Trustees defend board travel, say responsibilities to current district remain | Local

Trustees defend board travel, say responsibilities to current district remain | Local

Trustees defend board travel, say responsibilities to current district remain | Local


Outgoing trustees in Orangeburg County’s three consolidated school districts defend their travels this year, saying they are still board members and have responsibilities to their districts and students.

“The responsibilities of the board of trustees of OCSD5 did not end on Nov. 6, 2018,” OCSD5 Chairman Vernon Stephens said. “We are working, and will continue to work, to provide effective governance of this district per our board policy manual, our oath of office and our acceptance of the Code of Conduct of Ethical Principles of School Board members in the State of South Carolina.”

Orangeburg Consolidated School District 5, OCSD 4 and OCSD 3 trustees spent a combined $141,254.54 on board travel since July 2018.

OCSD5 trustees alone spent $95,445.33 on nine board conferences, including trips to Biloxi, Mississippi; Washington, D.C.; Las Vegas and Baltimore. Another trip is planned to Philadelphia at the end of the month.

The board has also taken four in-state trips, to Myrtle Beach, Hilton Head Island and Charleston.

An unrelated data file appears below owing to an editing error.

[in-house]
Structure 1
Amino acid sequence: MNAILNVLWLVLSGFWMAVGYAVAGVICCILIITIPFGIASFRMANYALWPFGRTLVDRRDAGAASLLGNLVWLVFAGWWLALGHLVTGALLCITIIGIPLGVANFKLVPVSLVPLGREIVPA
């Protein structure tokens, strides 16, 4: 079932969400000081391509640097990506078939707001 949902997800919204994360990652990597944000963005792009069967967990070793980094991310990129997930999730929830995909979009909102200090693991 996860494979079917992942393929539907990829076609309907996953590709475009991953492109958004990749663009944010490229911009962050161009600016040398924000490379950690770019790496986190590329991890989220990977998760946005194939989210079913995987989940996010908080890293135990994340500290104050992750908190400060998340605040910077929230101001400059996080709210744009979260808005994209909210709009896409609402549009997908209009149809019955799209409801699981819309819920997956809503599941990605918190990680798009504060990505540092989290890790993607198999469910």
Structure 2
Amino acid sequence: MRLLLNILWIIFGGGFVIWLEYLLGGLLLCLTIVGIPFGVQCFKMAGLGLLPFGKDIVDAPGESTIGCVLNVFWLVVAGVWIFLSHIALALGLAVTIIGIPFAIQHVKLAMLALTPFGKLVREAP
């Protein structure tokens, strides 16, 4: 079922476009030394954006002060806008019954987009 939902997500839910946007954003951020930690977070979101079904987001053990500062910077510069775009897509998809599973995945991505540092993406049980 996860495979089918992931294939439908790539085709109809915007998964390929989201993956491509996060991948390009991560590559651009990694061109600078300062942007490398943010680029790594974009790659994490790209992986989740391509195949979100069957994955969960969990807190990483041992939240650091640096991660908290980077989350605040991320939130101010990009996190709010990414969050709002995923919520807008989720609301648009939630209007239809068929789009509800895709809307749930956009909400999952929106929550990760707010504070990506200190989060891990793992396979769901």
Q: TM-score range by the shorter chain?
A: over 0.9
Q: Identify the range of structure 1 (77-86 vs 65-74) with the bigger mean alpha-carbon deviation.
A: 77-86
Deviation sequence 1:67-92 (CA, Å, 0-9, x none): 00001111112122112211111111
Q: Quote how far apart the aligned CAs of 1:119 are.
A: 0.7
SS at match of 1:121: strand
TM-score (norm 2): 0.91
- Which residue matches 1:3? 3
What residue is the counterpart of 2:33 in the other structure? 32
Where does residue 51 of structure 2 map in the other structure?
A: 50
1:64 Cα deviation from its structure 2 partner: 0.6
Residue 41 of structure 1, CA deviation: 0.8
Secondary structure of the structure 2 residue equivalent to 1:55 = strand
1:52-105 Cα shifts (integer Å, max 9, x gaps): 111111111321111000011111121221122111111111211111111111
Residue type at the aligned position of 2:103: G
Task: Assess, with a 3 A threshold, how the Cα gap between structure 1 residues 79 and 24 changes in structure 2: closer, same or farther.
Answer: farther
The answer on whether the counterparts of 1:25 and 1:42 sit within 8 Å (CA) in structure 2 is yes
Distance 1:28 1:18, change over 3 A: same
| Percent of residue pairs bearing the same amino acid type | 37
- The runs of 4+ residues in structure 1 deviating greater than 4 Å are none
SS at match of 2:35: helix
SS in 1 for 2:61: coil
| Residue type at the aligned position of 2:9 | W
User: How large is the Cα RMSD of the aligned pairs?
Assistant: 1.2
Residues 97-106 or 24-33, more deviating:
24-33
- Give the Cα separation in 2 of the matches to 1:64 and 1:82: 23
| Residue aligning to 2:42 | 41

“This board, when attending conferences or training sessions, has always attempted to attend as many sessions as possible to the point of strategically mapping out the sessions, to determine who will be attending which, so that we may receive all the benefits offered by the conference,” Stephens said. “We can never stop being champions for public education, for if we do, I believe we will be left with substandard or mediocrity of services for our district.”

Stephens said, “The knowledge gained and shared far outweighs the less than half of the 1 percent of this board budget expended.”

The trips were taken even though they are not required by state law for sitting board members with the exception of orientation for a new board member, which is a day-long program offered by the South Carolina School Boards Association bi-annually.

Requests for comment left for other OCSD5 trustees by email were not returned by Friday afternoon.

Orangeburg Consolidated School District 4 spent a total of $12,784.43 through March 8 on three in-state trips, according to the budget totals provided by the district. Two trips were to Hilton Head and one was to Myrtle Beach.

The seven-member District 3 board attended four meetings: Myrtle Beach, Charleston and Hilton Head, and one out-of-state conference in Washington, D.C.

The district spent $33,024.78 on board travel.


A 46-year veteran of schools, District 4 Board Chairman Aaron Rudd said he attended this year’s meeting to continue to ensure he remains responsible to the students and parents of OCSD4.

“I am still a board member until July 1, and the things still going on in the district need the attention of the local board,” he said, noting he went to the conferences “in order to keep myself abreast of what is going on at the Statehouse and the state department. I attend every meeting.